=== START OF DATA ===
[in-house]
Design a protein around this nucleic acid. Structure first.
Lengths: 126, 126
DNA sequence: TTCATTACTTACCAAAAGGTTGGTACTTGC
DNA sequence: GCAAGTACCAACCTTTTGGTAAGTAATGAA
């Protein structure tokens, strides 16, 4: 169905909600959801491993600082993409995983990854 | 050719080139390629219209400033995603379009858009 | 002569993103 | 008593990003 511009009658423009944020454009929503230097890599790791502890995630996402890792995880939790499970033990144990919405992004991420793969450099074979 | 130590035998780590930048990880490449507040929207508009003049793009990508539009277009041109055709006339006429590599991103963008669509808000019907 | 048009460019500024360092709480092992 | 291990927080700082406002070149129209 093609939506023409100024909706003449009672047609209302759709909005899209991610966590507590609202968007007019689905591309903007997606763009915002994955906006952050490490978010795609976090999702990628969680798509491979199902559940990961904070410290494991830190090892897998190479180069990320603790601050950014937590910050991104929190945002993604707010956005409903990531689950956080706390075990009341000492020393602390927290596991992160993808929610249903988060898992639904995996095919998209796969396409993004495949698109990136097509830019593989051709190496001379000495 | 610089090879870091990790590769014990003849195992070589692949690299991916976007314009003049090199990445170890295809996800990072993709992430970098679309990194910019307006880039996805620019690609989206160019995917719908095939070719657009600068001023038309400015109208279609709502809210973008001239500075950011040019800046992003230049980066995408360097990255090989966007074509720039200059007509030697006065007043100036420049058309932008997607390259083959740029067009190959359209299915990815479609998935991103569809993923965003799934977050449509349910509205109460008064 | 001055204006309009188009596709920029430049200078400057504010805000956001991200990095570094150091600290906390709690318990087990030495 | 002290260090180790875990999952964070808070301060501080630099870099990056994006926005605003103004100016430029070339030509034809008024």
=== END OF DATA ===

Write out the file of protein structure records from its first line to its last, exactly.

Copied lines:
[in-house]
Design a protein around this nucleic acid. Structure first.
Lengths: 126, 126
DNA sequence: TTCATTACTTACCAAAAGGTTGGTACTTGC
DNA sequence: GCAAGTACCAACCTTTTGGTAAGTAATGAA
């Protein structure tokens, strides 16, 4: 169905909600959801491993600082993409995983990854 | 050719080139390629219209400033995603379009858009 | 002569993103 | 008593990003 511009009658423009944020454009929503230097890599790791502890995630996402890792995880939790499970033990144990919405992004991420793969450099074979 | 130590035998780590930048990880490449507040929207508009003049793009990508539009277009041109055709006339006429590599991103963008669509808000019907 | 048009460019500024360092709480092992 | 291990927080700082406002070149129209 093609939506023409100024909706003449009672047609209302759709909005899209991610966590507590609202968007007019689905591309903007997606763009915002994955906006952050490490978010795609976090999702990628969680798509491979199902559940990961904070410290494991830190090892897998190479180069990320603790601050950014937590910050991104929190945002993604707010956005409903990531689950956080706390075990009341000492020393602390927290596991992160993808929610249903988060898992639904995996095919998209796969396409993004495949698109990136097509830019593989051709190496001379000495 | 610089090879870091990790590769014990003849195992070589692949690299991916976007314009003049090199990445170890295809996800990072993709992430970098679309990194910019307006880039996805620019690609989206160019995917719908095939070719657009600068001023038309400015109208279609709502809210973008001239500075950011040019800046992003230049980066995408360097990255090989966007074509720039200059007509030697006065007043100036420049058309932008997607390259083959740029067009190959359209299915990815479609998935991103569809993923965003799934977050449509349910509205109460008064 | 001055204006309009188009596709920029430049200078400057504010805000956001991200990095570094150091600290906390709690318990087990030495 | 002290260090180790875990999952964070808070301060501080630099870099990056994006926005605003103004100016430029070339030509034809008024």